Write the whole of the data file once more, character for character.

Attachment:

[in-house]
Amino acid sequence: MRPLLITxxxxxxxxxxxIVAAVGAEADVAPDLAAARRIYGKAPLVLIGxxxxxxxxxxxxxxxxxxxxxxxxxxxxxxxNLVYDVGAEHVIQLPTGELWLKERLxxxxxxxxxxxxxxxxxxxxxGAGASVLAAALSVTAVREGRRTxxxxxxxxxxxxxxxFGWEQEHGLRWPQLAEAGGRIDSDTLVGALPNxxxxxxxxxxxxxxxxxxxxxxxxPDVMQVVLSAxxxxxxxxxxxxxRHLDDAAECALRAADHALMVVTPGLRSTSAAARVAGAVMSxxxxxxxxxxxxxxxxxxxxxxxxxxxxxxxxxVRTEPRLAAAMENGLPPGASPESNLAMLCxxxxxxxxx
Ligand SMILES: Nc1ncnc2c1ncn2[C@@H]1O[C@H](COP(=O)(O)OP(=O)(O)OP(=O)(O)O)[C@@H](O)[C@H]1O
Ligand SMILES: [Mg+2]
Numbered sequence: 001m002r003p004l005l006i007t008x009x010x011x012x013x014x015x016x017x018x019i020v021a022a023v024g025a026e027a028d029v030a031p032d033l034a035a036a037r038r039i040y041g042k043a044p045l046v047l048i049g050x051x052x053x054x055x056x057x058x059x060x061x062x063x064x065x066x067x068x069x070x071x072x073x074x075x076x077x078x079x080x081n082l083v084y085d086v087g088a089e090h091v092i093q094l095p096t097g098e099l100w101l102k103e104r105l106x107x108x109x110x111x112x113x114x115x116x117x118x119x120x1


[in-house]
Amino acid sequence: MRPLLITxxxxxxxxxxxIVAAVGAEADVAPDLAAARRIYGKAPLVLIGxxxxxxxxxxxxxxxxxxxxxxxxxxxxxxxNLVYDVGAEHVIQLPTGELWLKERLxxxxxxxxxxxxxxxxxxxxxGAGASVLAAALSVTAVREGRRTxxxxxxxxxxxxxxxFGWEQEHGLRWPQLAEAGGRIDSDTLVGALPNxxxxxxxxxxxxxxxxxxxxxxxxPDVMQVVLSAxxxxxxxxxxxxxRHLDDAAECALRAADHALMVVTPGLRSTSAAARVAGAVMSxxxxxxxxxxxxxxxxxxxxxxxxxxxxxxxxxVRTEPRLAAAMENGLPPGASPESNLAMLCxxxxxxxxx
Ligand SMILES: Nc1ncnc2c1ncn2[C@@H]1O[C@H](COP(=O)(O)OP(=O)(O)OP(=O)(O)O)[C@@H](O)[C@H]1O
Ligand SMILES: [Mg+2]
Numbered sequence: 001m002r003p004l005l006i007t008x009x010x011x012x013x014x015x016x017x018x019i020v021a022a023v024g025a026e027a028d029v030a031p032d033l034a035a036a037r038r039i040y041g042k043a044p045l046v047l048i049g050x051x052x053x054x055x056x057x058x059x060x061x062x063x064x065x066x067x068x069x070x071x072x073x074x075x076x077x078x079x080x081n082l083v084y085d086v087g088a089e090h091v092i093q094l095p096t097g098e099l100w101l102k103e104r105l106x107x108x109x110x111x112x113x114x115x116x117x118x119x120x1